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Force Design (Spotlight Brief 5/21)

Australian Army CH-47 Chinook helicopters air lifting M777 Howitzers, Tiger Armed Reconnaissance Helicopters, a LCM-8 Landing Craft and Royal Australian Navy LHD Landing Craft carrying M1A1 Abrams Main Battle Tanks, M113 Armoured Personnel Carriers and Australian Light Armoured Vehicles, transit from HMAS's Canberra and Choules during an amphibious beach assault, as part of Exercise Sea Explorer, Cowley Beach, Queensland.

Force Design

Organizational transformation: Handling the double-edged sword of urgency

Long Range Planning – Mar 21

Traditional change models require organisations to develop a wide sense of urgency. For example, for Defence the rapid growth of the threat from improvised explosive devices saw an equally rapid change in equipment, training, and tactics. Unfortunately, urgency tends to generate a more conservative mindset where people are more likely to seek incremental alteration and seek to reduce errors. This creates issues and concerns as the change works against itself. In this article, Tobias Fredberg and Johanna Pregmark seek to explore this tension, and come up with three propositions for leaders seeking to undertake change:

  • Create clear definitions of success and publically accepted space to tolerate failure.
  • Pressure projects and demand accountability while creating trust and safety between projects.
  • Continually update strategic direction while allowing freedom to explore new directions.

Fredberg and Pregmark believe that leaders that adopted these three propositions balanced the tension of urgency, which resulted in organisations that were highly successful in implementing change.


‘Change Management: 6 Reasons it Fails,’ The Enterprisers Project, 09 Jun 21

‘Choosing a Change Model,’ Association for Talent Development, 17 Mar 21

‘The Easy Guide to Kotter’s 8 Step Change Model,’ Creately, 19 Feb 21

‘HR & Change Management: Beyond the Kotter Model,’ Academy to Innovate HR, 13 Feb 21

‘Transformation in Uncertain Times: Tackling Both the Urgent and the Important,’ McKinsey and Company, 03 Feb 21

After the Fires? Climate Change and Security in Australia

Australian Journal of Political Science – Jun 21

In the last two years, the Army has played a significant role in several domestic disaster relief efforts. The devastating bushfires of 2019-2020 were one such recent emergency. The Army’s involvement was well-received and subsequently prompted discussion concerning the fundamental function of the Army. One prominent assertion was that the Army should deploy to deal with any form of ‘security’ challenge. In this article, McDonald discusses whether bushfires (and more broadly climate change) should be deemed a matter of ‘security,’ and raises some implications of using this analytical lens. In coming down on the affirmative side, his argument entails that it is appropriate for the Army to respond to domestic climate-induced emergencies. To this end, McDonald notes that the Department of Defence should establish a permanent natural disaster response capacity.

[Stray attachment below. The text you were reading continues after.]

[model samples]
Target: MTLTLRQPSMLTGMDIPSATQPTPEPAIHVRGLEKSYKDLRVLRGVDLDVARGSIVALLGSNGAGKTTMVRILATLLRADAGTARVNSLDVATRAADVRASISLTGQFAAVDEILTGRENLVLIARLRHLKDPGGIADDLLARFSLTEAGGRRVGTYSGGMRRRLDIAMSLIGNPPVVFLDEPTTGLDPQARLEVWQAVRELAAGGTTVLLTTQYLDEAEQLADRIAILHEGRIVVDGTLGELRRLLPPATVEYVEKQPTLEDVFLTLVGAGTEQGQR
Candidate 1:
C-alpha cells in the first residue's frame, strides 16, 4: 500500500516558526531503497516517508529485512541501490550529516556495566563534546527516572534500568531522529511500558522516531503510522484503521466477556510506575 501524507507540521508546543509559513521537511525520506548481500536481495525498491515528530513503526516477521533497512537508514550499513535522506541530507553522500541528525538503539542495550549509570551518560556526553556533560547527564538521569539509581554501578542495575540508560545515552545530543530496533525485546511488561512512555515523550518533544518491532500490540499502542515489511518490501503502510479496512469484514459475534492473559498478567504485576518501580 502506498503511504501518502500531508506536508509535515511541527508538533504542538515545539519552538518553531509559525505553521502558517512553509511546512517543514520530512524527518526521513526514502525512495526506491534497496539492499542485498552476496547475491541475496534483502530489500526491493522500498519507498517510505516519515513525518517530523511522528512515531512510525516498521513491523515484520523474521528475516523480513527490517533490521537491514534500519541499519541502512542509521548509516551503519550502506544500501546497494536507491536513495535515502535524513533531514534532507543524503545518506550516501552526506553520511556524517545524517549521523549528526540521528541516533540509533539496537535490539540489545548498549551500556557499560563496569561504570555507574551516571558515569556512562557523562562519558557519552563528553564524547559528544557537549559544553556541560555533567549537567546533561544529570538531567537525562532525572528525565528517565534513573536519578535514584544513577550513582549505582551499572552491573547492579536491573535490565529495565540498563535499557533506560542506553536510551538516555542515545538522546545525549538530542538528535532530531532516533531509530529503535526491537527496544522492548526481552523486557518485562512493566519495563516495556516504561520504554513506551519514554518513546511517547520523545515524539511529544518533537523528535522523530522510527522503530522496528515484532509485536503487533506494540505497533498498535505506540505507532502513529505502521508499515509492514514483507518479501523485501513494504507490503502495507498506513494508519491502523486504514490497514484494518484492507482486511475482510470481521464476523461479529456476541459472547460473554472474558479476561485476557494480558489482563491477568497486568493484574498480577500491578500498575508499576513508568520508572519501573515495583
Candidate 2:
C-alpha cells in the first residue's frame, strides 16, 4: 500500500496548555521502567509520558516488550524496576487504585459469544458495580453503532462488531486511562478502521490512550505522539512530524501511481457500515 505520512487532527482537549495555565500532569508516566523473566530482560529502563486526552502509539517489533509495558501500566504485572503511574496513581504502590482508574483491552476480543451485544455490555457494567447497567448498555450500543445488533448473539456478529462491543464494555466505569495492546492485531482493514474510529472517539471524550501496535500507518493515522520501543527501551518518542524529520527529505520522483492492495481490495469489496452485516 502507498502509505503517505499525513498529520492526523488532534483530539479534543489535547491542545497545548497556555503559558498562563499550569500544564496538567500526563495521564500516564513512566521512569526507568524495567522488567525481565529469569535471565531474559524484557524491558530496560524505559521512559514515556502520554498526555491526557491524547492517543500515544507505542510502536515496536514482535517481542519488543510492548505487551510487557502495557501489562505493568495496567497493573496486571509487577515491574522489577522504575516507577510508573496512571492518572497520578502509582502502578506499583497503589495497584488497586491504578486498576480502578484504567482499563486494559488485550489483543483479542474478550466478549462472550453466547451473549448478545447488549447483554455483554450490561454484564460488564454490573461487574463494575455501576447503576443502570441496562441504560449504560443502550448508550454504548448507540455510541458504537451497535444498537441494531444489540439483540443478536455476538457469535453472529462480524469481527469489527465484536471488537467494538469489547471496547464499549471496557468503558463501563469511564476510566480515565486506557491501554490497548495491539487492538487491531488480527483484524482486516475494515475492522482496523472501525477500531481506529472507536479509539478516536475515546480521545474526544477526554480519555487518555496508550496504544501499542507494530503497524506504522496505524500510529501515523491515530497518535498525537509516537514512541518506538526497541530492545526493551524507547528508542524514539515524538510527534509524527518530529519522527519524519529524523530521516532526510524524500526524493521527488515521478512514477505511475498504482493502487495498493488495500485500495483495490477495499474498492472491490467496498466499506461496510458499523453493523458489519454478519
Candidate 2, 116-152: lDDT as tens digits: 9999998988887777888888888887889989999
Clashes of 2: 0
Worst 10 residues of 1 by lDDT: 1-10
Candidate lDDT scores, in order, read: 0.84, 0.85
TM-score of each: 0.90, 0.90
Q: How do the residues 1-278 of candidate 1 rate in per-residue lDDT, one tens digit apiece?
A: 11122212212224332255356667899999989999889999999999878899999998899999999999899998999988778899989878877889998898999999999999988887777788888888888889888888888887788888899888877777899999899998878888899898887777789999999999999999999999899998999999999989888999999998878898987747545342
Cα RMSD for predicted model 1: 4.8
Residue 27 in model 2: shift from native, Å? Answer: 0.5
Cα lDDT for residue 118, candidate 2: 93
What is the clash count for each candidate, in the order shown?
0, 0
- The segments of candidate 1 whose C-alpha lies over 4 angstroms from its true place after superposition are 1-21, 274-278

‘Calling in the Army for the Vaccine Rollout and Every Other Emergency Shows How Ill-Prepared We Are,’ The Conversation, 07 Jun 21

‘The Case for an Indigenous Australian Civil Defence Force,’ The Strategist, 24 May 21

‘Defence Needs to Rethink its Disaster-Relief Strategy,’ The Strategist, 12 Apr 21

‘ADF Will Need More Resources to Deal with Climate and Regional Security Crises,’ The Mandarin, 12 Apr 21

‘Developing a New Plan B for the ADF: Implications from a Geostrategic SWOT Analysis for Australia,’ Security Challenges, 15 May 20

Implementing Deterrence by Detection

Centre for Strategic and Budgetary Assessments – Jul 21

The ability to ‘detect’ lies at the heart of the concept of deterrence. Detection provides the time to construct a response. There are two complications for detecting in the region – the sheer size of the area and the number of coercive activities occurring that fall below the threshold for war. These complications mean significant costs and effort must be spent on maintaining situational awareness in order for Australia to successfully deter. This document assesses the costs of achieving deterrence. Building on previous CSBA work on deterrence, it provides a method for realistically achieving improved situational awareness. Building on existing systems, this document seeks to better mesh assets and organisations together, and utilise disruptive technology in key specific areas.  In doing this, it walks the line between cost and timeliness, as well as highlighting the importance of a broader, multi-domain approach.


‘The ADF Needs Knowledge if it’s to Shape, Deter and Respond,’ The Strategist, 05 Jul 21

‘Knowledge is Power: Greenland, Great Powers, and Lessons from the Second World War,’ The Arctic Institute, 15 Jun 21

‘Sharpening the Blunt Tool: Why Deterrence Needs an Update in the Next U.S. National Security Strategy,’ Strategy Bridge, 08 Apr 21

‘INDOPACOM: Deterrence Fund Increase Needed for ISR, Missile Defense in the Pacific,’ Air Force Magazine, 09 Mar 21

‘Operationalizing Deterrence in the Indo-Pacific,’ Indo-Pacific Defense Forum, 19 Feb 21

The views expressed in this article and subsequent comments are those of the author(s) and do not necessarily reflect the official policy or position of the Australian Army, the Department of Defence or the Australian Government.

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